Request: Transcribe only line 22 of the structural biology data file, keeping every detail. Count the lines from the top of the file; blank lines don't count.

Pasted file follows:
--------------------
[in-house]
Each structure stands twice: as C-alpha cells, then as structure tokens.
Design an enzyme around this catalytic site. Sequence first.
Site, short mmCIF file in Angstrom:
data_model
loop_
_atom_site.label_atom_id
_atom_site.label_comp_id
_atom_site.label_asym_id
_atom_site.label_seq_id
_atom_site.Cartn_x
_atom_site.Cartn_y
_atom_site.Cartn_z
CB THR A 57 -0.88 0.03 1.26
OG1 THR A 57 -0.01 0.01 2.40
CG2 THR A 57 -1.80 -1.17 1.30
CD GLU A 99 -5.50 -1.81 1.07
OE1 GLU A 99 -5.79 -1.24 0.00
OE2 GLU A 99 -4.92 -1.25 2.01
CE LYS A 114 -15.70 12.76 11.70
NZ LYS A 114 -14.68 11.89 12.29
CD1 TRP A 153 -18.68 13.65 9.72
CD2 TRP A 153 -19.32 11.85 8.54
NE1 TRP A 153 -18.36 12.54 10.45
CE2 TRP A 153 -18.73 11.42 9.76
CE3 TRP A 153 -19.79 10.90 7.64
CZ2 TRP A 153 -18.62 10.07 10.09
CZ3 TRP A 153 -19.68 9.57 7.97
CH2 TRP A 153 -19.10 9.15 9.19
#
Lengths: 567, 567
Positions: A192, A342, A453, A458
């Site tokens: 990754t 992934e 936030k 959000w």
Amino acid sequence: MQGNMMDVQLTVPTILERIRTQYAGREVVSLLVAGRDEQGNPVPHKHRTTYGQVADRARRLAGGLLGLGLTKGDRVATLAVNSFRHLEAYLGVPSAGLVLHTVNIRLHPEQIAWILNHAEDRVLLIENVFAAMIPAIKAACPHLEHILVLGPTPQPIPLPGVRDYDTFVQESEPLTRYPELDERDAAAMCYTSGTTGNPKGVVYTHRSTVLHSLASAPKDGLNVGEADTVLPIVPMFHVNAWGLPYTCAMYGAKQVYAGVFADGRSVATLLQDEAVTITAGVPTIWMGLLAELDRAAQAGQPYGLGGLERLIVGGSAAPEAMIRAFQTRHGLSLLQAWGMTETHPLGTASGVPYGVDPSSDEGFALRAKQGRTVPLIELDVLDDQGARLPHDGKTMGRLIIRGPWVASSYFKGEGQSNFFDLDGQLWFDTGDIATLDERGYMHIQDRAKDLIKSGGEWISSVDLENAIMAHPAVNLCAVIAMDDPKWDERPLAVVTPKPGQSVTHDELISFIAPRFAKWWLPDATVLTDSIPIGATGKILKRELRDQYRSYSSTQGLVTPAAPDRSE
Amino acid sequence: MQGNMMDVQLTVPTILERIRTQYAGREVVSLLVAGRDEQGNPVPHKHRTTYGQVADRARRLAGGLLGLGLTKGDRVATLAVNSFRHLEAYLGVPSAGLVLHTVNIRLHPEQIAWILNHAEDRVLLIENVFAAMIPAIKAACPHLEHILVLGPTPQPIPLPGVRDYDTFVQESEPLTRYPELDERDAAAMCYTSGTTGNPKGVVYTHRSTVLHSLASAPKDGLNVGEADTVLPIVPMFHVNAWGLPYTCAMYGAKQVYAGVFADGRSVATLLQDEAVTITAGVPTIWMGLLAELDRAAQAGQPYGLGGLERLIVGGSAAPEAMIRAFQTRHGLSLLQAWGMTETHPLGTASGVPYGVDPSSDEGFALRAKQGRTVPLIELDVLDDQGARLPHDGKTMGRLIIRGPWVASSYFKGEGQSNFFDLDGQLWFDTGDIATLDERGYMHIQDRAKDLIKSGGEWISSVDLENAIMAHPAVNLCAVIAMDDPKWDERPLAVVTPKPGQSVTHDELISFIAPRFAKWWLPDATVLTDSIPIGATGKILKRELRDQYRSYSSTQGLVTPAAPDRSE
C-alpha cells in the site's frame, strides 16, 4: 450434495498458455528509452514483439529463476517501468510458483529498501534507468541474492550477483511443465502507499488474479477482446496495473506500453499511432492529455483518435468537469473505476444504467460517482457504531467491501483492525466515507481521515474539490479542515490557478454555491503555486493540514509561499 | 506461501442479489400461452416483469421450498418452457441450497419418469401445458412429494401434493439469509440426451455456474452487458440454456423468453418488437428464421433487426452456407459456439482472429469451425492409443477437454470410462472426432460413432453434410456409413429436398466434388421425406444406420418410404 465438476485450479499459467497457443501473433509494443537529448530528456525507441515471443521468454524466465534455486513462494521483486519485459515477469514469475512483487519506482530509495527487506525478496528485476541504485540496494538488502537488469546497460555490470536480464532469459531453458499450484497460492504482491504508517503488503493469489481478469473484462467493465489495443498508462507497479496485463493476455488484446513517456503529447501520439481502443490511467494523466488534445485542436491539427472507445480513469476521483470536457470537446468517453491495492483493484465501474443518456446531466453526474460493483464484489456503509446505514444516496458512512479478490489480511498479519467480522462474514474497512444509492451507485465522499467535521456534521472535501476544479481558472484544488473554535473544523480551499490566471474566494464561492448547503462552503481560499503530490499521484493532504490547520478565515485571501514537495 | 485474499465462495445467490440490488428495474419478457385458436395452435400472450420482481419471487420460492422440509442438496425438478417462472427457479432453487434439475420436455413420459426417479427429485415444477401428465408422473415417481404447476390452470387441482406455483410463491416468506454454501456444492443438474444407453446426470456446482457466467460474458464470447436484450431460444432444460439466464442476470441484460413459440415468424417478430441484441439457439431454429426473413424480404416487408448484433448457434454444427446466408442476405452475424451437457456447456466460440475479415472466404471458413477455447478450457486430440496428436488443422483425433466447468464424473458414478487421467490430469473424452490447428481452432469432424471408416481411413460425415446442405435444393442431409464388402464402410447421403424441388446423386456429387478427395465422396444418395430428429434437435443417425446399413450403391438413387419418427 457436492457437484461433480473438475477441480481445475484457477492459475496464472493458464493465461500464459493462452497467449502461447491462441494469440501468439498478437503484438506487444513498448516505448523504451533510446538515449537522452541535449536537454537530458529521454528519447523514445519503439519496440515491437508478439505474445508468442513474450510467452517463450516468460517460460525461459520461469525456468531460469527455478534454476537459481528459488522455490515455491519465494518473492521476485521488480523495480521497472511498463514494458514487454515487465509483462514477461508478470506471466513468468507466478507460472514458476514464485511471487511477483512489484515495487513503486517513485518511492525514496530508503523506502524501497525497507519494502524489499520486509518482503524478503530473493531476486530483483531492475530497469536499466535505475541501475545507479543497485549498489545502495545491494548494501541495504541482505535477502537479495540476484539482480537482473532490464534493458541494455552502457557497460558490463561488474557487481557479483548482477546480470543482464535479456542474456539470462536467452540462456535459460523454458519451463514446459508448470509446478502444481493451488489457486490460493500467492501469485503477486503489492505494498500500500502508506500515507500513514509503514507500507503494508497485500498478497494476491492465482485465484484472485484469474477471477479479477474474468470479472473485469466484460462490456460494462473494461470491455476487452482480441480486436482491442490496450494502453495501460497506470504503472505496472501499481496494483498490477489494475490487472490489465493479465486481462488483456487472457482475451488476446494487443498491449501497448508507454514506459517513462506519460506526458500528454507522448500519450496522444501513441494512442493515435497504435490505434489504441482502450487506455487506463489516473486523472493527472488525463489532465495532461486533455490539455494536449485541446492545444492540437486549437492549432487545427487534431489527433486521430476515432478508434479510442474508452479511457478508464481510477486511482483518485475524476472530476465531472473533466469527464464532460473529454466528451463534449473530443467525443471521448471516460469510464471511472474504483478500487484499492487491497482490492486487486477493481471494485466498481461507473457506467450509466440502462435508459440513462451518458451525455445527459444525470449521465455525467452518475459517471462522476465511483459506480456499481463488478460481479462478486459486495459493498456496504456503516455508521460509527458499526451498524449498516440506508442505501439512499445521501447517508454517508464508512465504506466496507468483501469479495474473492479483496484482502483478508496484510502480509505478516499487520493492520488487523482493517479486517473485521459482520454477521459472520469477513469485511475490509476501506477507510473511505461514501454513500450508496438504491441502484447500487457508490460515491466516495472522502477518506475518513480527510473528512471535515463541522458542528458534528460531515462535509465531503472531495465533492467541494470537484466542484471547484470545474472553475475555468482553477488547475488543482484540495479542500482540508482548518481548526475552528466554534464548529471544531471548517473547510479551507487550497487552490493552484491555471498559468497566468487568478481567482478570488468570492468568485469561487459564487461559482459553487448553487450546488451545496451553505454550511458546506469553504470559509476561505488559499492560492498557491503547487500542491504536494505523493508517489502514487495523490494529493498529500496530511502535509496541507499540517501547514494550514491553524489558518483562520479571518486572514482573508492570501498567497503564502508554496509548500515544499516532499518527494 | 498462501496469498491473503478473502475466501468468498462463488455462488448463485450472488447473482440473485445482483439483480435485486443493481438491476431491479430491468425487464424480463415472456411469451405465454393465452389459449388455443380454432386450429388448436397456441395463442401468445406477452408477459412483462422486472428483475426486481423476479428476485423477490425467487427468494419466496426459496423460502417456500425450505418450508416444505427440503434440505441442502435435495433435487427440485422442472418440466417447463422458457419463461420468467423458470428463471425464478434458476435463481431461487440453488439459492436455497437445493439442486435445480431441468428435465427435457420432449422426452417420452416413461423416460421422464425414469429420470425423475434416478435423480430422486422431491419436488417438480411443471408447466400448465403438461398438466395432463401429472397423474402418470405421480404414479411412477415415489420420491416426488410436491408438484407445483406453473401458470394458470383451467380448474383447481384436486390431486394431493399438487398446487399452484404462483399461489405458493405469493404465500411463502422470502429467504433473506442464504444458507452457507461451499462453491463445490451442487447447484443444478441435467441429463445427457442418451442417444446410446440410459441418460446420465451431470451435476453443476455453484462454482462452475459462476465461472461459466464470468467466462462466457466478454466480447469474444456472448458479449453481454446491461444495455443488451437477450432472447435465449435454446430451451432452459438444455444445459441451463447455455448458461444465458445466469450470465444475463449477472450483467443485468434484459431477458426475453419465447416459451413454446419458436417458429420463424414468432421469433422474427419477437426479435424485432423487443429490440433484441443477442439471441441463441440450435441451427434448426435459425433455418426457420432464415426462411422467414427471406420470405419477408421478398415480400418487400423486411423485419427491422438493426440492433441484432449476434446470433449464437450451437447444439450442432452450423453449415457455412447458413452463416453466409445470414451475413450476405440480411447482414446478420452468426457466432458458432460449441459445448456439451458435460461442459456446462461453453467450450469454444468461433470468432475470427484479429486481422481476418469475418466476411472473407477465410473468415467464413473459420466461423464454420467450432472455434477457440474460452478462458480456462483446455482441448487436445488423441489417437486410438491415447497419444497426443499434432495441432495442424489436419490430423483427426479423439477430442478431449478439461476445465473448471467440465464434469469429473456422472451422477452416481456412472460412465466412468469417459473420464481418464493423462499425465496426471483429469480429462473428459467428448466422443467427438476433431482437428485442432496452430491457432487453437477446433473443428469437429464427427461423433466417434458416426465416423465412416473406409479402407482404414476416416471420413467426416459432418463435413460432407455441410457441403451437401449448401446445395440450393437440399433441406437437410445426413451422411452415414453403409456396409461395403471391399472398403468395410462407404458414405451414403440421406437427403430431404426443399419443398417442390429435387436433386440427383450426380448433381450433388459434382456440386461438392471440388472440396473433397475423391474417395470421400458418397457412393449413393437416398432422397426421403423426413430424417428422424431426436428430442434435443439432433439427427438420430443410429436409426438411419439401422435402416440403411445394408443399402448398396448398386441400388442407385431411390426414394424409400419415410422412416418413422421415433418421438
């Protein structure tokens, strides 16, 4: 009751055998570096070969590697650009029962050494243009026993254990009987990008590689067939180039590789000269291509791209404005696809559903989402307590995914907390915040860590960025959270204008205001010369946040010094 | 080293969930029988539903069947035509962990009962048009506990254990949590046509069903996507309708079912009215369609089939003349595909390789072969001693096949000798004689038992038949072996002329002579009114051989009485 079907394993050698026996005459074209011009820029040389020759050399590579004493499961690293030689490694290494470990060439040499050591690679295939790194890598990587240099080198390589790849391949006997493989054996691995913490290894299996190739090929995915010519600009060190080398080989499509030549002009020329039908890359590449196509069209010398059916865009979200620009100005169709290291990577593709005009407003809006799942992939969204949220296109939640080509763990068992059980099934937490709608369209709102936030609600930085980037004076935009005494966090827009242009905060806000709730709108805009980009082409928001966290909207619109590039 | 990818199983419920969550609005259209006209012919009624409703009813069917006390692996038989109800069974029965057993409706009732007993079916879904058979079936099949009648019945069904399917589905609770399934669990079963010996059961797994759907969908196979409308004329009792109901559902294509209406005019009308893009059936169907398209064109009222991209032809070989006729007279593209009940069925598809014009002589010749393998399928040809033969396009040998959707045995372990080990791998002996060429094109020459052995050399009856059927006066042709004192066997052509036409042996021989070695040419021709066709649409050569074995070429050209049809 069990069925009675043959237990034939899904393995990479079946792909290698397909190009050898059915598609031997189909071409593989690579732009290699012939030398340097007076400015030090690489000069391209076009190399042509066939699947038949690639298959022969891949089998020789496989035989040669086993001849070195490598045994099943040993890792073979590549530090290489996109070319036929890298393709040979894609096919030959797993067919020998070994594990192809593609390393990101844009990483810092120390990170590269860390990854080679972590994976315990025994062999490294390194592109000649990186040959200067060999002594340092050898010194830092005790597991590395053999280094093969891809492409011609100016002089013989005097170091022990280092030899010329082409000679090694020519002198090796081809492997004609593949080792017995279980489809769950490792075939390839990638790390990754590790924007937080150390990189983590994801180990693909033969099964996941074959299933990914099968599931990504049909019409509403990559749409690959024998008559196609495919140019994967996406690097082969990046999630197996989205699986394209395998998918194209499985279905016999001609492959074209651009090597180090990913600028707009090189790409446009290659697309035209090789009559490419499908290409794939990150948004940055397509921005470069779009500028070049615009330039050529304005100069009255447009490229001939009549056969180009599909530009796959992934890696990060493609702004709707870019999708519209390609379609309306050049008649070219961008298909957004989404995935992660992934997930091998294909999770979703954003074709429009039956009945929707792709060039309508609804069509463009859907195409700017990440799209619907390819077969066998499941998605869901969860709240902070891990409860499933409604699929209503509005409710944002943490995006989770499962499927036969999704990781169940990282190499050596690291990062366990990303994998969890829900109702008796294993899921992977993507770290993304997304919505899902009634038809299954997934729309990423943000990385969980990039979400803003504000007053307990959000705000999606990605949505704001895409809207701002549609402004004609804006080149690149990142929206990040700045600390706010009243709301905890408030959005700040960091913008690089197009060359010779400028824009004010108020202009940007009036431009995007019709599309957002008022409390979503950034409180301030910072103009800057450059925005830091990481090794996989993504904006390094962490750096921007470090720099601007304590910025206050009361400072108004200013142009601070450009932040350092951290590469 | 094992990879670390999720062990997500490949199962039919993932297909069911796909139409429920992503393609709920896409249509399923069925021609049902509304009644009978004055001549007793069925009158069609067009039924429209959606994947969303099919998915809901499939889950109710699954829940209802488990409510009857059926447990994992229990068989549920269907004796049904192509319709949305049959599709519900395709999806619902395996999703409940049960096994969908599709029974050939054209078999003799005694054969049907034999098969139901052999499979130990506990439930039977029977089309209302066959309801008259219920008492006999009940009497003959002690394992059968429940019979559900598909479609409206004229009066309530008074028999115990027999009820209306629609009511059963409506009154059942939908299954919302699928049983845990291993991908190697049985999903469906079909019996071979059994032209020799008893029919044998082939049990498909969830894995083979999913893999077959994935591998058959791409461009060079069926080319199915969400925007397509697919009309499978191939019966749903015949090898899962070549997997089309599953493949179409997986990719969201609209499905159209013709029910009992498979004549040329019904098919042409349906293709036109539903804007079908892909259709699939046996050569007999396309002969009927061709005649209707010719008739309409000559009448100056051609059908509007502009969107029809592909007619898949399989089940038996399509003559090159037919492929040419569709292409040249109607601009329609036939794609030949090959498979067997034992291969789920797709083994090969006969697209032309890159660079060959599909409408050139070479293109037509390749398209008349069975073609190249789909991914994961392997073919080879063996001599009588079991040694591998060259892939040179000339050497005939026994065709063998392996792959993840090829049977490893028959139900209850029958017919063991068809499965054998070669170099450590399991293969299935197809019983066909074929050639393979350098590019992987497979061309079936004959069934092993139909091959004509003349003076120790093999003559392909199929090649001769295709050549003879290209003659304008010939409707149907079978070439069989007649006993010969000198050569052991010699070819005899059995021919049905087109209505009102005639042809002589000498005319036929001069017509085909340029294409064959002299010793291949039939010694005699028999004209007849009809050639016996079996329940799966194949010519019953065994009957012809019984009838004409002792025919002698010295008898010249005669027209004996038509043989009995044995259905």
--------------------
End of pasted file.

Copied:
CD1 TRP A 153 -18.68 13.65 9.72